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NOTE: This website is where you can find advertising law information based on archived news briefs from past issues of Advertising Compliance Service. This archived news brief was published in Advertising Compliance Service in October 2001.





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A manufacturer of popular girls' toys and school supplies, and operator of a Web site featuring those products, will pay $30,000 in civil penalties to settle FTC charges that it violated the Children's Online Privacy Protection Rule (COPPA Rule) and the FTC Act. The settlement also bars the company, Lisa Frank, Inc., from certain future violations of the law.

This is the fourth law enforcement action FTC has taken to enforce the COPPA Rule since it became effective in April, 2000. The COPPA Rule applies to operators of commercial Web sites and online services directed to children under the age of 13, and to general audience Web sites and online services that knowingly collect personal information from children.

Among other things, the Rule requires that Web sites get verifiable consent from a parent or guardian before they collect personal information from children. This case was brought to FTC's attention by the Children's Advertising Review Unit (CARU) of the Council of Better Business Bureaus. CARU evaluated the Lisa Frank Web site in late 2000, after the COPPA Rule became effective. According to CARU's press release announcing referral of the matter to FTC, Lisa Frank, Inc. committed serious violations of the COPPA Rule and, despite CARU's urging, failed to make the changes needed to bring the Lisa Frank Web site into compliance with the Rule.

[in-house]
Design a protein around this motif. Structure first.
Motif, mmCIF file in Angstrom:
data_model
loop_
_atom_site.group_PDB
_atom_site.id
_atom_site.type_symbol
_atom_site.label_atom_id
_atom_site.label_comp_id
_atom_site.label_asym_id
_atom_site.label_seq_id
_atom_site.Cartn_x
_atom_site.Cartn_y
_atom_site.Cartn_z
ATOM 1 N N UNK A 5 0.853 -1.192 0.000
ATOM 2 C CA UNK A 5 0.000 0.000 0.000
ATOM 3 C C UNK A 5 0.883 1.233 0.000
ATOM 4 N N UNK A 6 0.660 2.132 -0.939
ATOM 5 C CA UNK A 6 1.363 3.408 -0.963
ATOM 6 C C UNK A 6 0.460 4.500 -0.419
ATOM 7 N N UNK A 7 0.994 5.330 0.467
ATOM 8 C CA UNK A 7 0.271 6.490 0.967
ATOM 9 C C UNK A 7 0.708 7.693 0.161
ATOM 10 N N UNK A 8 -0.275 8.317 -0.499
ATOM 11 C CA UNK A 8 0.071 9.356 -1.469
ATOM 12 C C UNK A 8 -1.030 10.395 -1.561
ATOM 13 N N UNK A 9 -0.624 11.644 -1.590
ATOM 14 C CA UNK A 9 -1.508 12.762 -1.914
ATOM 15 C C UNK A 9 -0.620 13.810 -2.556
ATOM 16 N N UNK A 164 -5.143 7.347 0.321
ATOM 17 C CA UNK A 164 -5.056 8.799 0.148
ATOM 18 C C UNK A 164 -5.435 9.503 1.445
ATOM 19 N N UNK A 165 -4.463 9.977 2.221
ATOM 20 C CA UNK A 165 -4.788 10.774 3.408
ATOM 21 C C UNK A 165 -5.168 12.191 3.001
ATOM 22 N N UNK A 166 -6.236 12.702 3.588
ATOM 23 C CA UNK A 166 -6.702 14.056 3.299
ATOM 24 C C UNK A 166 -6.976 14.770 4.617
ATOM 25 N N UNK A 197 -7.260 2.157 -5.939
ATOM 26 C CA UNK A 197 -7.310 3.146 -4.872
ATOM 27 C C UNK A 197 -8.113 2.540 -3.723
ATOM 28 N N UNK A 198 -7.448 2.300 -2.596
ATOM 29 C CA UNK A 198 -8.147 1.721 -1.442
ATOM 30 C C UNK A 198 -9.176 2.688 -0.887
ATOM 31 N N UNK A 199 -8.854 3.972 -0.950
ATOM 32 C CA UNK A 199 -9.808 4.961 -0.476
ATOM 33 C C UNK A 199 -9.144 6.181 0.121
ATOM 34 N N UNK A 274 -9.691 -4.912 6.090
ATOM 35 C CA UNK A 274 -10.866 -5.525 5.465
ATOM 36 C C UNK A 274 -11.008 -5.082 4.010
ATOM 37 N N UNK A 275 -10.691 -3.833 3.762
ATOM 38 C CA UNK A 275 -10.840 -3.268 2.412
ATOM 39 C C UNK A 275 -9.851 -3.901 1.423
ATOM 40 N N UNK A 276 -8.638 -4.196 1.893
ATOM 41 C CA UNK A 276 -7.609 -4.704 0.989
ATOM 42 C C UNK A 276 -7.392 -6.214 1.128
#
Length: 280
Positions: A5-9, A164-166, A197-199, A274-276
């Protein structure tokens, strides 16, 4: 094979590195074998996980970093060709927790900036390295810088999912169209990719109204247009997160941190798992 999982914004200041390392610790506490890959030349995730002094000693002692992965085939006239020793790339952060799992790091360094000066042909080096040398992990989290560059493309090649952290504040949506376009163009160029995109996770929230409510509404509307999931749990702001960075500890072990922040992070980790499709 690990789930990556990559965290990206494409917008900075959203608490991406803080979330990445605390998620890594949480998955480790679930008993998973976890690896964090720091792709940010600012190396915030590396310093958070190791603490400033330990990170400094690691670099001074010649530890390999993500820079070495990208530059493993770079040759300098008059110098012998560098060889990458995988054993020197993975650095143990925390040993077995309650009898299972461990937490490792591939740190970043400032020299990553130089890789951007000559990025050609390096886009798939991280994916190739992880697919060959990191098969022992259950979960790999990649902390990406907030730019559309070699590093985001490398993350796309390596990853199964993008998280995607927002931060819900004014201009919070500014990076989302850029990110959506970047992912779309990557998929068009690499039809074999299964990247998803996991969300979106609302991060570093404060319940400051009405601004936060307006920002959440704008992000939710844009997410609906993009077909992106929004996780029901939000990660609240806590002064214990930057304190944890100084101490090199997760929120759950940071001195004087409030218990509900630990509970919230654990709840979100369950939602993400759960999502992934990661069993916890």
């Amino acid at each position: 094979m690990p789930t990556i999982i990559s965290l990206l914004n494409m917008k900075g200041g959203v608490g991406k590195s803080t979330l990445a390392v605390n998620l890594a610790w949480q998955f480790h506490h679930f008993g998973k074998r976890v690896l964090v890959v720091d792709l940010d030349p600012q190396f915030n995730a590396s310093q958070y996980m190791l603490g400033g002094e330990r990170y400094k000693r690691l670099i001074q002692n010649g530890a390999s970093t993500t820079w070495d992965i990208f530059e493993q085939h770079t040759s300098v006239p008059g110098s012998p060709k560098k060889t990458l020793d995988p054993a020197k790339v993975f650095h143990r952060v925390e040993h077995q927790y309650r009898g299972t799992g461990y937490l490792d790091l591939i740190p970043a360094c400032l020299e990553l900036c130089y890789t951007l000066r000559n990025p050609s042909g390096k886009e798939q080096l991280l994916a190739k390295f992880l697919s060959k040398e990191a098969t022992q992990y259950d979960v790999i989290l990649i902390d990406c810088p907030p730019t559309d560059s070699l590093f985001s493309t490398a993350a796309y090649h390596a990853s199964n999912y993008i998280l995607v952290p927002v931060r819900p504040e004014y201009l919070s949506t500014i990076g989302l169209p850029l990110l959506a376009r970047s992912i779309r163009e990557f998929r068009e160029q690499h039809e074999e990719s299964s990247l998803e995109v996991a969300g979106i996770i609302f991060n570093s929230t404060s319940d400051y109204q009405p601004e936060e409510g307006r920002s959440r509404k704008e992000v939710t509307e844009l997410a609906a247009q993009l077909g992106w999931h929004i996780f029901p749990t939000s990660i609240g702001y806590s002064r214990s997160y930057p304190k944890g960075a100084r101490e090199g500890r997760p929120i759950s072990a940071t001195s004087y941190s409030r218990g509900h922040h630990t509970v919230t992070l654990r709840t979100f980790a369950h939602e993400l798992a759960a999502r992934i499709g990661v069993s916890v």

In its complaint, FTC alleged that the Lisa Frank Web site,, is directed to children, as that term is defined by the Rule. It further alleges that between April 21 and January 2001, asked girls to register before they accessed many areas of the site, including the "club" and "shop" areas. The registration form asked girls for their first and last names, street addresses, phone numbers, e-mail addresses and birth dates, as well as their favorite color and season. Though directed to children, the site did not get consent from parents before collecting this information as required by the Rule, according to FTC's complaint.

Settlement of the FTC charges permanently bars Lisa Frank, Inc. from future violations of the COPPA Rule; enjoins it, in connection with the operation of any Web site or other online service, from failing to comply with certain representations about children's privacy; and requires that if the company operates a child-directed site in the future, it place a hyperlink to FTC 's website pages about the COPPA Rule within that site's privacy policy and on notices to parents about collection of information from children. Finally, the company agreed to pay a civil penalty of $30,000.

The proposed consent decree was filed on October 1, 2001 by the Department of Justice at FTC's request. It's subject to court approval.

NOTE: This consent decree is for settlement purposes only and does not constitute an admission by the defendant of a law violation. Consent decrees have the force of law when signed by the judge.

(Lisa Frank, Inc., FTC File No. 012-3050, Civil Action No. 01-1516-A, October 2, 2001.)


Timothy J. Muris, FTC Chairman, unveiled the agency's Privacy Agenda on October 4, 2001 during a speech at the Privacy 2001 Conference in Cleveland, Ohio. Muris has extensive experience as a former FTC bureau director, academic, attorney, and economist on issues of concern to American consumers. He has spent the past four months meeting with agency staff, consumer groups, information technology executives, academics, and several trade association representatives on privacy issues. Among the key points in that speech: FTC will increase the resources devoted to protecting privacy by 50%.

Muris also described the specifics of how FTC intends to increase protection of consumer privacy in the market place by focusing on: telemarketing, spam, ID theft, and pretexting, as well as enforcement under the Fair Credit Reporting Act, the Children's Online Privacy Protection Act (COPPA), the Gramm-Leach-Bliley Act and the Telemarketing Sales Rule.

(FTC Media Advisory, October 1, 2001.)
















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